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[whatwg] The problem of duplicate ID as a security issue

From: Mihai Sucan <mihai.sucan@gmail.com>
Date: Thu, 16 Mar 2006 17:18:54 +0200
Message-ID: <op.s6ih5sasmcpsjg@localhost.localdomain>
Le Thu, 16 Mar 2006 14:47:24 +0200, Alexey Feldgendler  
<alexey at feldgendler.ru> a ?crit:

> On Thu, 16 Mar 2006 18:33:30 +0600, Mihai Sucan <mihai.sucan at gmail.com>  
> wrote:
>
<...>
>
>> Therefore, it's clear nothing has to be changed in quirks mode, but in  
>> standards mode:
>>
>> 1. break during parsing.
>> 2. break JS code if it sets the id of a node to a duplicate ID.
>
> And what if the JS code clones a node with non-empty ID? Should it throw  
> an exception when such a node is inserted into the document?

This is something I forgot about.

The DOM 3 Core [1] spec should define the behaviour. I've just looked  
right now ... and no special details are given about cloneNode and the ID  
attribute.

Yet getElementById is defined as [2]:

<blockquote>
	Returns the Element that has an ID attribute with the given value. If no  
such element exists, this returns null.
	If more than one element has an ID attribute with that value, what is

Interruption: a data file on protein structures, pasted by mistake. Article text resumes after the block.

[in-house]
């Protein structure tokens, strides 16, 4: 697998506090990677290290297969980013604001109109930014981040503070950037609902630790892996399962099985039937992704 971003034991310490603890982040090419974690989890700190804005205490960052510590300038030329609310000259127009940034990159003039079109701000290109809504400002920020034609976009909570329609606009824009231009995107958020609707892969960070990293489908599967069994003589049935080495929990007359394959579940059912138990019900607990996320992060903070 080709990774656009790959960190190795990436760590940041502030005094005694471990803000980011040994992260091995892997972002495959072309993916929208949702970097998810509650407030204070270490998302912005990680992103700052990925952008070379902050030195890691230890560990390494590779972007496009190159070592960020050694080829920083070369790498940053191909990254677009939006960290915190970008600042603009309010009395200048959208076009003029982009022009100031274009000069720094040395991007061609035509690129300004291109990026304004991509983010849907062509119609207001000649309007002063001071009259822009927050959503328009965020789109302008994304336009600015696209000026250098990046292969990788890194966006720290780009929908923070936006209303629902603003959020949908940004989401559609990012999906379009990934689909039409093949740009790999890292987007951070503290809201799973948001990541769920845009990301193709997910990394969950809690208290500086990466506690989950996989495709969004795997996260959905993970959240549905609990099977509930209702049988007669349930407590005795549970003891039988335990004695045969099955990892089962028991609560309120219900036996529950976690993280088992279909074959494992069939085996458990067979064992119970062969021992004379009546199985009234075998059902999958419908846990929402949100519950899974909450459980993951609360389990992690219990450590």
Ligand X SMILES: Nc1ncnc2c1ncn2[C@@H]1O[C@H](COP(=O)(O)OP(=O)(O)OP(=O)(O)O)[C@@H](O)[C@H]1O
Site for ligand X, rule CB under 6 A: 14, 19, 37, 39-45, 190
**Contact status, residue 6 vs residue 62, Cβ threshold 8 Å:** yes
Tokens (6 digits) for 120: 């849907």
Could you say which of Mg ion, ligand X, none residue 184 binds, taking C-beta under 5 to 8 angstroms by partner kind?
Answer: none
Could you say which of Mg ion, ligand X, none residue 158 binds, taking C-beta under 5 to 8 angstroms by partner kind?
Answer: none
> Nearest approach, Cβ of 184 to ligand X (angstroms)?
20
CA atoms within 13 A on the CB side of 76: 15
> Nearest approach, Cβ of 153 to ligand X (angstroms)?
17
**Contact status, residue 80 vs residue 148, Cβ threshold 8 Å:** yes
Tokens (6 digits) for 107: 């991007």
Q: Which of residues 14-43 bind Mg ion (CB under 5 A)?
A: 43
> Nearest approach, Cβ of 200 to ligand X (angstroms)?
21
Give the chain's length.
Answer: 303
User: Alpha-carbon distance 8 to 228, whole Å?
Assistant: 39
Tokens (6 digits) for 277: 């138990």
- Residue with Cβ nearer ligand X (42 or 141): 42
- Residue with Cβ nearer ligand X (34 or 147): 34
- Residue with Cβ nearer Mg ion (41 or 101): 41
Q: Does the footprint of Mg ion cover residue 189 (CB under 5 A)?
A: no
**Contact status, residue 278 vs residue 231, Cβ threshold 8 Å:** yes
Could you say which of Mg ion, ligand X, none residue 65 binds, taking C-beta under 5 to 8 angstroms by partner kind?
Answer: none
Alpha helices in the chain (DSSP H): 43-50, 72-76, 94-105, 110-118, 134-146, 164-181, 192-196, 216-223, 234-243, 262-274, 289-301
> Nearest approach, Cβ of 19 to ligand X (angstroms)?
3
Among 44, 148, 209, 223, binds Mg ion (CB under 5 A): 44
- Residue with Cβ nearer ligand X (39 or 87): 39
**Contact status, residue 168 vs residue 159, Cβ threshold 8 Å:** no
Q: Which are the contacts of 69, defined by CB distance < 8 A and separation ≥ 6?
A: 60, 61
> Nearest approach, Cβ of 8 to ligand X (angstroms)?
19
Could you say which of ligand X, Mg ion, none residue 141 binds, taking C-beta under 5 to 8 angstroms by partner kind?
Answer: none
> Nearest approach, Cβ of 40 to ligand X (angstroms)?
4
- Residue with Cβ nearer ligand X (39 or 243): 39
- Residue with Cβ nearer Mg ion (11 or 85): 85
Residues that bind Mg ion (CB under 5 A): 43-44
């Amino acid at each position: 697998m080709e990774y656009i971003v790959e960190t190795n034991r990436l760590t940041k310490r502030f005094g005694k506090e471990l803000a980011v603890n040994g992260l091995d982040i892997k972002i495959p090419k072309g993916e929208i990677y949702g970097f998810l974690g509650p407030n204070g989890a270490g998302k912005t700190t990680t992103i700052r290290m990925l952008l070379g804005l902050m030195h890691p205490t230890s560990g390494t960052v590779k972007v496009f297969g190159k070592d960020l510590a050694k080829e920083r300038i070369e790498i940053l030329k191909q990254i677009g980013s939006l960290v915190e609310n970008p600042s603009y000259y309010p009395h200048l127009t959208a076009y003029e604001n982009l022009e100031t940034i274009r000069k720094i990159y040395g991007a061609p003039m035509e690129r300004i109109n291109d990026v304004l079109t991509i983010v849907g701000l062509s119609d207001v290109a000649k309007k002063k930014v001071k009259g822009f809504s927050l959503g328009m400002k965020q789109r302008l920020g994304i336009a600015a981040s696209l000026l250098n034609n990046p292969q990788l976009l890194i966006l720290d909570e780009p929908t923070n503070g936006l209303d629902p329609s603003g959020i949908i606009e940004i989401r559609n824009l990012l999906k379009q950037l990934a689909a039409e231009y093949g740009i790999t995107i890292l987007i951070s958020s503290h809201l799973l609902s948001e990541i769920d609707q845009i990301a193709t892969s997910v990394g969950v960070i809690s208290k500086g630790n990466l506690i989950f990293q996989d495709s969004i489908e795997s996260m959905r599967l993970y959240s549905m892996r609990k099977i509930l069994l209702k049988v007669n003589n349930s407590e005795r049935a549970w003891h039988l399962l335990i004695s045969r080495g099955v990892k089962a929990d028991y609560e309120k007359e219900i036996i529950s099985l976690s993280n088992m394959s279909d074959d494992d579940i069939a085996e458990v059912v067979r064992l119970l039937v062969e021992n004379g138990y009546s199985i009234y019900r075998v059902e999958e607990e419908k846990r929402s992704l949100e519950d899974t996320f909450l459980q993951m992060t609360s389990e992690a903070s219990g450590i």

returned is undefined.
</blockquote>

Therefore... the appropriate behaviour for getElementById("duplicate-ID")  
is to return null. This is something not respected by any major browser,  
even in standards mode. This is the best behaviour for duplicate IDs,  
better than breaking the script, better than returning *one* of the nodes  
having the same ID.

>> Or simply leave it as it is: quirks mode behaviour.
>
> Maybe you're right. Really, the standards more should be as strict as  
> possible.

Strict or not strict? That's the question.

If strict: return null, no error as DOM 3 Core defines getElementById.

Returning null in quirks mode still breaks pages.

>>> Simply picking the last matching node is actually hiding a bug and  
>>> letting it go unnoticed. (Why the last one? Why not the first, for  
>>> example?)
>
>> That's true, but this happens in many, many other cases.
>
> In standards mode? What are these cases?

I was referring to the fact bugs made by web author are being let to go  
unnoticed, even in standards mode. Luckily, Opera 9 and Firefox 1.5 have  
started showing more errors in consoles (CSS, JS, XML, HTML, etc).

[1] http://www.w3.org/TR/DOM-Level-3-Core/
[2] http://www.w3.org/TR/DOM-Level-3-Core/core.html#ID-getElBId

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Received on Thursday, 16 March 2006 07:18:54 UTC

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